Ruth St. Denis (1879-1968) was a dancer, choreographer and teacher, and one of the founders of the Denishawn School of Dance. This collection consists of an audio tape and transcript of a lecture given by Ruth St. Denis at California State University at Los Angeles, May 22, 1964. Topics discussed include her philosophy of dance and famous dancers with whom she had worked.
Collection is open for research.
Copyright is retained by the creators of items in these papers, or their descendants, as stipulated by United States copyright law.
Ruth St. Denis Lecture (MSS 117), University Archives and Manuscripts, The University of North Carolina at Greensboro.
Gift of Jean Pyatt, Summer 1994.
Ruth St. Denis (1879-1968) was a dancer, choreographer and teacher, and one of the founders of the Denishawn School of Dance.
St. Denis was born in New Jersey and spent her childhood on a farm in Somerville with her parents, Ruth Emma Hull Dennis, a physician, and Thomas L. Dennis, a machinist and inventor. Ruth learned exercises from the Delsarte system of expression from her mother. She also took dance classes in New Jersey and briefly studied ballet with Madame Bonfanti in New York City, She began her professional career with minor roles in musical plays, appearing as a “skirt-dancer,” acrobat, high-kicker, model and actress.
In 1904, touring with David Belasco’s Madame Dubarry, Ruth was inspired by a cigarette poster depicting the Egyptian goddess Isis and by her readings in Eastern philosophy and mysticism to turn her career toward the exploration of dance as a serious art form. She premiered her first important solo dance, “Radha,” in 1906 on the variety bill of a Sunday night smokers concert. “Radha” baffled the vaudeville critics, blending theatrical gestures and physical allure with spirituality; some found it too slow and serious for vaudeville, but it set the tone for her later dances, most of which dealt in some measure with transformation.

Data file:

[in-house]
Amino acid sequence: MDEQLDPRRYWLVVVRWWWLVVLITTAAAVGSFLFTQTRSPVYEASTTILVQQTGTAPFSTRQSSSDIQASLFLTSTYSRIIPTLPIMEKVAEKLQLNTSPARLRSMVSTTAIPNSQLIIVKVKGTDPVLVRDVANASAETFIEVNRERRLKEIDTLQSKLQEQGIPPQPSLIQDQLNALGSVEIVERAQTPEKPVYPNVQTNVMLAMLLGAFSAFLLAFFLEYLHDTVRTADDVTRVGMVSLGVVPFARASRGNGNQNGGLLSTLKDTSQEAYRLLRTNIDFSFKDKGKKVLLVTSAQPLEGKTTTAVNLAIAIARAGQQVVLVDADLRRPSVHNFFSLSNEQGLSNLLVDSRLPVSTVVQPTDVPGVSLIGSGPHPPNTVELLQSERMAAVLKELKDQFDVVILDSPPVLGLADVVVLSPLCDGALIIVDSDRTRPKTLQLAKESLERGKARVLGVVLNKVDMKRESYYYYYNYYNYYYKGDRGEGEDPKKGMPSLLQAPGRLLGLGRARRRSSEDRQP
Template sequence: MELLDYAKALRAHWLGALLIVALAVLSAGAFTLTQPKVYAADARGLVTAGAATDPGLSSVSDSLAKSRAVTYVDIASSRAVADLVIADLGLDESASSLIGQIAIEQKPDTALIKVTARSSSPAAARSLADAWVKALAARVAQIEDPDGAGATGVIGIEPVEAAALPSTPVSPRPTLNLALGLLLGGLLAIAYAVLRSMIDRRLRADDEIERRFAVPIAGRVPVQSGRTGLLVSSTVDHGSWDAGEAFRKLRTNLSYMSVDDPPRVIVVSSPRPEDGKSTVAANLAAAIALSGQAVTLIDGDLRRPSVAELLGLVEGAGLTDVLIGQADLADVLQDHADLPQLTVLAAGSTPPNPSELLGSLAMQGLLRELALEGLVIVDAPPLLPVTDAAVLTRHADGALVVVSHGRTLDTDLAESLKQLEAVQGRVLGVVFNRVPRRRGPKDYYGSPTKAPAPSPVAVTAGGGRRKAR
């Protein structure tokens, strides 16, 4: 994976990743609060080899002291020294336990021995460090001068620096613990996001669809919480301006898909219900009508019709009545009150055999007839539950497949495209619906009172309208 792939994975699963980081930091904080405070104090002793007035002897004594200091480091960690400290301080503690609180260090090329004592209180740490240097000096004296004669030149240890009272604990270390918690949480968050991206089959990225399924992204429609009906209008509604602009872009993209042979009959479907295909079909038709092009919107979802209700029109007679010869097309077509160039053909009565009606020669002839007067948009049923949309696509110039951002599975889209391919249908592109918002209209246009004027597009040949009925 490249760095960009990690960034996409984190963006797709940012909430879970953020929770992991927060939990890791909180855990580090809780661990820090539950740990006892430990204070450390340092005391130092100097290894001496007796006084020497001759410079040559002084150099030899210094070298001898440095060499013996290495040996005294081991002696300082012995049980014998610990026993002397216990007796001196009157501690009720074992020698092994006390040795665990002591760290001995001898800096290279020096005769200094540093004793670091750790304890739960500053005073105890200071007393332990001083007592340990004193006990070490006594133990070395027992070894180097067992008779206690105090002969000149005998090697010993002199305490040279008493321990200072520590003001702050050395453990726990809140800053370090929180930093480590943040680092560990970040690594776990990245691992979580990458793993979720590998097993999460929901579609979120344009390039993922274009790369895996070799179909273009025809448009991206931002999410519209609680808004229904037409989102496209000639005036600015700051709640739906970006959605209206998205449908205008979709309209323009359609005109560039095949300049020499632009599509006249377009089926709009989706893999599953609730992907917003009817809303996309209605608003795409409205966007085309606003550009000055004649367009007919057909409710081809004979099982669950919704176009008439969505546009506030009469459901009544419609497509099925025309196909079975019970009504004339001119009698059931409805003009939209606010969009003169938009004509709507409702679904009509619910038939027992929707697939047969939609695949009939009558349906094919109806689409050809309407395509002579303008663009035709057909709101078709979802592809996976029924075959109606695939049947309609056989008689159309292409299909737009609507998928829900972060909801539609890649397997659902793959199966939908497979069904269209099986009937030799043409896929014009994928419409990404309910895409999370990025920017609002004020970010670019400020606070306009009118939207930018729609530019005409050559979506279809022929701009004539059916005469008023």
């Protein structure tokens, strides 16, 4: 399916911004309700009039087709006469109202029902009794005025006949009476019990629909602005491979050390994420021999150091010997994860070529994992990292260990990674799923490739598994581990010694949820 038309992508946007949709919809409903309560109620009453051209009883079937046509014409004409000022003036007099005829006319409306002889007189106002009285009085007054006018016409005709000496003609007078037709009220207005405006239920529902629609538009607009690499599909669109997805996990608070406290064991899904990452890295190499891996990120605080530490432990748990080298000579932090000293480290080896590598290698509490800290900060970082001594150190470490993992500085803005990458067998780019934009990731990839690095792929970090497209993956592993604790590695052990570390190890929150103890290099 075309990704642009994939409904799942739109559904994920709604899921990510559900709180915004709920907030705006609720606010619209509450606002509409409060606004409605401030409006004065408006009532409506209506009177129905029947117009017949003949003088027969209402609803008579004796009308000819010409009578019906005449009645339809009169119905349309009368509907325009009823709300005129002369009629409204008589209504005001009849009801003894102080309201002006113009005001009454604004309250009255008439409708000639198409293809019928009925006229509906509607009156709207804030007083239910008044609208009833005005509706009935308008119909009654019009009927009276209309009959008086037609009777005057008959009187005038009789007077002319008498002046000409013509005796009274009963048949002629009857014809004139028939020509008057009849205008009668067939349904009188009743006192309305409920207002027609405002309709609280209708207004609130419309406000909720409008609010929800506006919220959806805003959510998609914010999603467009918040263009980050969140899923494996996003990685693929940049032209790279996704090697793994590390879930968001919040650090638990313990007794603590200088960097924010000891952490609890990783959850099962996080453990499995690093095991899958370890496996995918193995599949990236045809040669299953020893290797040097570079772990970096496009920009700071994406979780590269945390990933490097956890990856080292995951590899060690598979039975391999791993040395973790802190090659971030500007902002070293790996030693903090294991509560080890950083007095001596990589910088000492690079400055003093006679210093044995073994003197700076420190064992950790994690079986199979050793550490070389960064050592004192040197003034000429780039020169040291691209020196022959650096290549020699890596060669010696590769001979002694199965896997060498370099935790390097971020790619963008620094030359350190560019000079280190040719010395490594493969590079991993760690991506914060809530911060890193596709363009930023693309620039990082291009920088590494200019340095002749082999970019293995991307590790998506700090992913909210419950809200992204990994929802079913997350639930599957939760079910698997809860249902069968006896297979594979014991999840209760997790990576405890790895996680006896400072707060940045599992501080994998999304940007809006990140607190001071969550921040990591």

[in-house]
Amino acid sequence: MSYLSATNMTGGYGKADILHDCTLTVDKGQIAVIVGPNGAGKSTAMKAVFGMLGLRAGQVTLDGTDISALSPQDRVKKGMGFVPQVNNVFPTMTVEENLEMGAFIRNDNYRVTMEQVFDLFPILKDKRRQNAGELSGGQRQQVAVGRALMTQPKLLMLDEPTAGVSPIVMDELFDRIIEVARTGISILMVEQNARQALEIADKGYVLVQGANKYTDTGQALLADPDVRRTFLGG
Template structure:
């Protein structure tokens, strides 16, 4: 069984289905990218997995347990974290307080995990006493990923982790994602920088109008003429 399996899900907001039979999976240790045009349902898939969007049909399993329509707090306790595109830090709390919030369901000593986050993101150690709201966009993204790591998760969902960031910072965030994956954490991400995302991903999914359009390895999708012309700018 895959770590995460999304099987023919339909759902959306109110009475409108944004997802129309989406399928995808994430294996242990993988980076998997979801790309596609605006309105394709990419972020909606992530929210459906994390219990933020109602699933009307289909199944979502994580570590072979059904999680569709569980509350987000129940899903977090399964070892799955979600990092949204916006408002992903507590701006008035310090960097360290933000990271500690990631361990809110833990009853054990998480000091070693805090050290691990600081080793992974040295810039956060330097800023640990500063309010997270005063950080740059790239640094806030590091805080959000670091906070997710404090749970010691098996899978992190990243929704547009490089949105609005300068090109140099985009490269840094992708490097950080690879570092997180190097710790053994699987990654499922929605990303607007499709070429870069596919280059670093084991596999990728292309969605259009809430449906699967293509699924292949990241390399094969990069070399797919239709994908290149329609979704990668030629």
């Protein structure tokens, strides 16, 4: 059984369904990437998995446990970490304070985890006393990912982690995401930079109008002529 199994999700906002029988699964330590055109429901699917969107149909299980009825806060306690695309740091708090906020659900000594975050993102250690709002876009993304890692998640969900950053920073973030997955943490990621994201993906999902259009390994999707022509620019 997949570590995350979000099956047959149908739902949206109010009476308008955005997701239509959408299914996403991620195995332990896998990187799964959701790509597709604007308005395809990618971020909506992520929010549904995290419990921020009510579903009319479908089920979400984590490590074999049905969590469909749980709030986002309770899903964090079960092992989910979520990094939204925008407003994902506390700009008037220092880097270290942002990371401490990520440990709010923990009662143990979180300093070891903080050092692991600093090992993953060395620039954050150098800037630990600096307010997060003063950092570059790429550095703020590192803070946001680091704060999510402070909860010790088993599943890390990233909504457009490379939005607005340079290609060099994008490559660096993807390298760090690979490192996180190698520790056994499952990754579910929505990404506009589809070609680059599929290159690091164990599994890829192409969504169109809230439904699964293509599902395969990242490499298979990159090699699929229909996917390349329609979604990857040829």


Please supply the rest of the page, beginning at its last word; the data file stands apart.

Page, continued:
In 1914, St. Denis met Ted Shawn and hired him as her partner; before the year was out, they were married. Together they founded the Denishawn schools and company, which thrived until 1932, when St. Denis and Shawn decided to pursue separate careers. The era of Denishawn greatly influenced the art of dance in America and produced such dancers as Martha Graham, Doris Humphrey, and Charles Weidman.
During World War II, St. Denis moved to California, where she lived with her brother and contributed to the war effort by working at the Douglas Aircraft Factory and participating in benefits for allied causes. She also established a new studio on Cahuenga Boulevard in Hollywood, which served as her headquarters for the rest of her life. During the late 1940s and 1950s, St. Denis devoted most of her time to the Ruth St. Denis Foundation, which aimed to establish a church in which dance and related arts were dedicated to religious service; she also performed frequently at Jacob’s Pillow both as a solo artist and with Ted Shawn. Ruth St. Denis died of a stroke on July 21, 1968. In addition to many articles, she published An Unfinished Life, her autobiography (1939) and Lotus Light, a book of poems (1932).
This collection consists of an audio tape of a lecture given by Ruth St. Denis at California State University at Los Angeles, May 22, 1964, and a typed transcript of the tape (transcribed by University Archives staff). Ruth St. Denis was 85 years old at the time this lecture was given. Topics discussed in the lecture include her slogan, “Wisdom comes dancing;” Isadora Duncan; Martha Graham; Margareta Wallmann; the Mary Wigman School of Dance; her Oriental studies and how they affected her style of dance; her center on Cahuenga Boulevard; education; spiritualism; Mary Baker Eddy; modern dance in America; and women’s rights.
See more UNCG manuscript collections related to physical education and dance.
See the Ruth St. Denis and Ted Shawn Collection at the the University of California, Riverside.